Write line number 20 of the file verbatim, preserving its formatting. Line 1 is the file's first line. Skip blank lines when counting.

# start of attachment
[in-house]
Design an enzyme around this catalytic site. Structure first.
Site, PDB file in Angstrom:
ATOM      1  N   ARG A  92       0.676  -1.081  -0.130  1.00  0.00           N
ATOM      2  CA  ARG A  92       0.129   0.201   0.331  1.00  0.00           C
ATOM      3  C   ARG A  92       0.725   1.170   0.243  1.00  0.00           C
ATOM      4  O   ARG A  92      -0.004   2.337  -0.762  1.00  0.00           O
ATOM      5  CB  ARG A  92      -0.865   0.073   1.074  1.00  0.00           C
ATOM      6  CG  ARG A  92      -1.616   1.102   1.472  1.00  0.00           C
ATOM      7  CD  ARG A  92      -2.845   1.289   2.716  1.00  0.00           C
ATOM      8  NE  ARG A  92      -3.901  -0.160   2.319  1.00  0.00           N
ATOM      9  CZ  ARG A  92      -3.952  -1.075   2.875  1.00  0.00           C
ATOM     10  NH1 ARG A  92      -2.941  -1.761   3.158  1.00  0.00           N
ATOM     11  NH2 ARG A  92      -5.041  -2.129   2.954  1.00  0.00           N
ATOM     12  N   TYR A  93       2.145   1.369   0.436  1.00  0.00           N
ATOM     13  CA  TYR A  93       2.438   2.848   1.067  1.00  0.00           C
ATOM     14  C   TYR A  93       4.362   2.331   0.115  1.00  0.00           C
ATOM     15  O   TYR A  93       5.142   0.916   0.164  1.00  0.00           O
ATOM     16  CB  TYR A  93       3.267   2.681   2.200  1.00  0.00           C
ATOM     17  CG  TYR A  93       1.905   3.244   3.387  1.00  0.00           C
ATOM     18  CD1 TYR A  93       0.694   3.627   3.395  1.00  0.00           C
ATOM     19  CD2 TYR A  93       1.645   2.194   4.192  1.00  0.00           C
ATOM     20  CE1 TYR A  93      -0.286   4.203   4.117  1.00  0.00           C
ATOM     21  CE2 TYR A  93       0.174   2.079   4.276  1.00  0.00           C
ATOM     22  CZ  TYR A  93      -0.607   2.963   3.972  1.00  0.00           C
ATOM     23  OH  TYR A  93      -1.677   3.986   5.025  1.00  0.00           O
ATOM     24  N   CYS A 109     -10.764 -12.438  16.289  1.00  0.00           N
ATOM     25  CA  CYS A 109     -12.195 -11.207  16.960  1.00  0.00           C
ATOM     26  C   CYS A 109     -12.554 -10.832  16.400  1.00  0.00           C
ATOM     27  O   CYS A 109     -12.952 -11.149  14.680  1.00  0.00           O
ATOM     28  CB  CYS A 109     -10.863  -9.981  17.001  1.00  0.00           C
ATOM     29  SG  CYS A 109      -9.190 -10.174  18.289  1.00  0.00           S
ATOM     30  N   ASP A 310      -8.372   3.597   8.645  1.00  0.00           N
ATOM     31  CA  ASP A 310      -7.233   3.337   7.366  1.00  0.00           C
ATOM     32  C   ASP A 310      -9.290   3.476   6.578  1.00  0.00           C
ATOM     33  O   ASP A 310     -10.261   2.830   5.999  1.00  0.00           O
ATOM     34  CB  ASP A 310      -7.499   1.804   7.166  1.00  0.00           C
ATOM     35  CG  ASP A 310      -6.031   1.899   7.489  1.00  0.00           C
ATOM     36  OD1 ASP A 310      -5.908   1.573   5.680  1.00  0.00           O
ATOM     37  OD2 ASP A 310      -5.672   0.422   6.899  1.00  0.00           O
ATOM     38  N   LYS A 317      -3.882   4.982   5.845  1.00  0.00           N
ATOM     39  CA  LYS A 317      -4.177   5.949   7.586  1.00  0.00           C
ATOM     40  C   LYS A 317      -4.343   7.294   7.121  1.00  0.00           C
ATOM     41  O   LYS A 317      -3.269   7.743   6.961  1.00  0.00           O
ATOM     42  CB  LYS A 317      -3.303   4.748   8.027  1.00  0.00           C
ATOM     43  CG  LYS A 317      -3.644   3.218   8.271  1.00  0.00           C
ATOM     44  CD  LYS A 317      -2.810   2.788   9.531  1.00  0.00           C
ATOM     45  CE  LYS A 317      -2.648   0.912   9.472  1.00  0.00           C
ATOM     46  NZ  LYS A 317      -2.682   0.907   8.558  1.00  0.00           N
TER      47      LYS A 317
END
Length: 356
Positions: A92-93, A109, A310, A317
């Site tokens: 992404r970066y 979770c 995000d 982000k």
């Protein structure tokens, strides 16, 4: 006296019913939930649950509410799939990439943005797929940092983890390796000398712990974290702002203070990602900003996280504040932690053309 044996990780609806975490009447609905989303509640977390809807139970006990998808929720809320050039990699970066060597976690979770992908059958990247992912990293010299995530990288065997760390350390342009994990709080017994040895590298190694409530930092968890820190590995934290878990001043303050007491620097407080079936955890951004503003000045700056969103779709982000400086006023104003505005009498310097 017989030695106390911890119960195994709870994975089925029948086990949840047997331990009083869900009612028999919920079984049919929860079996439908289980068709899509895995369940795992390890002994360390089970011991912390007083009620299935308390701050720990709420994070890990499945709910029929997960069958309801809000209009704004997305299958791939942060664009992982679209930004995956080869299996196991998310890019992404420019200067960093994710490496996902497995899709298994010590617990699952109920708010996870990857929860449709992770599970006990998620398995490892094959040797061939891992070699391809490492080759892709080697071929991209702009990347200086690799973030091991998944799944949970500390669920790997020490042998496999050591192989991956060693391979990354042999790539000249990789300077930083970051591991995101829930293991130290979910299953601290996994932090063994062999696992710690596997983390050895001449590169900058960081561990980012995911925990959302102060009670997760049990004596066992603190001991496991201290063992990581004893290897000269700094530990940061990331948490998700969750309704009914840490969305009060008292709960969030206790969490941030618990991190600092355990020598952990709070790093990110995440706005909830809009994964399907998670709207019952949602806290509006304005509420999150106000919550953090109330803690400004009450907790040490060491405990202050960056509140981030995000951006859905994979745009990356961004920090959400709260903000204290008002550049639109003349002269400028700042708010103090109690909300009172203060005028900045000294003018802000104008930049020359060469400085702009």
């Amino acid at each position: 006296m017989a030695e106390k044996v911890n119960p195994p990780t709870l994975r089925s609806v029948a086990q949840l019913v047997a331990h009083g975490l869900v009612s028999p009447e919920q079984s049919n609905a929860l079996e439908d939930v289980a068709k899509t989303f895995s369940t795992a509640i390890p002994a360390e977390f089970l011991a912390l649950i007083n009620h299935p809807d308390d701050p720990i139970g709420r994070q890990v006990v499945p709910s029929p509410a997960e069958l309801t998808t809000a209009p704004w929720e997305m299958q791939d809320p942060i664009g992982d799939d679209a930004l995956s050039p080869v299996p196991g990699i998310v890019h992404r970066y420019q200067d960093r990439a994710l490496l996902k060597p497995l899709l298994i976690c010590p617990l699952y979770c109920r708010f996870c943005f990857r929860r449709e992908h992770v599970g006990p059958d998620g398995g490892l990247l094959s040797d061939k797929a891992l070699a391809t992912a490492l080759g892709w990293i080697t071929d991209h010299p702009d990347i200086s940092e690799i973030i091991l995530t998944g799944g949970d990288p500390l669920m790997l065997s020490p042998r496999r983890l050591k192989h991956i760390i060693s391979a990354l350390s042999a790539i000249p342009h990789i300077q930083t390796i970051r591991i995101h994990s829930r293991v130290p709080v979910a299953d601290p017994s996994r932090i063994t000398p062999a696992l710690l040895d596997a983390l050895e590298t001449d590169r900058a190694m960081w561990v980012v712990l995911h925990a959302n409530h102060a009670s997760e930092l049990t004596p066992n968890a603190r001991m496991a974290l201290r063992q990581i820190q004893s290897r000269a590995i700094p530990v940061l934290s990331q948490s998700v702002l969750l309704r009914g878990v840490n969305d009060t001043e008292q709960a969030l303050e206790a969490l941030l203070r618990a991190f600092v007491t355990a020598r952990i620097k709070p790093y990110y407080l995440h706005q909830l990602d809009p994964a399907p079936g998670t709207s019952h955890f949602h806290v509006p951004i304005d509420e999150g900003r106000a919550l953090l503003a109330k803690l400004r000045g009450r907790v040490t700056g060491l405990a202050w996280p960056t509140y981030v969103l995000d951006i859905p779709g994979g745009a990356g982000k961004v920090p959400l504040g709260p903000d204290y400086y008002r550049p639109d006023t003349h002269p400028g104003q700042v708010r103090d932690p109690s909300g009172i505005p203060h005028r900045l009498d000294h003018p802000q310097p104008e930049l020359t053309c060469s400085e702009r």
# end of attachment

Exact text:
ATOM     17  CG  TYR A  93       1.905   3.244   3.387  1.00  0.00           C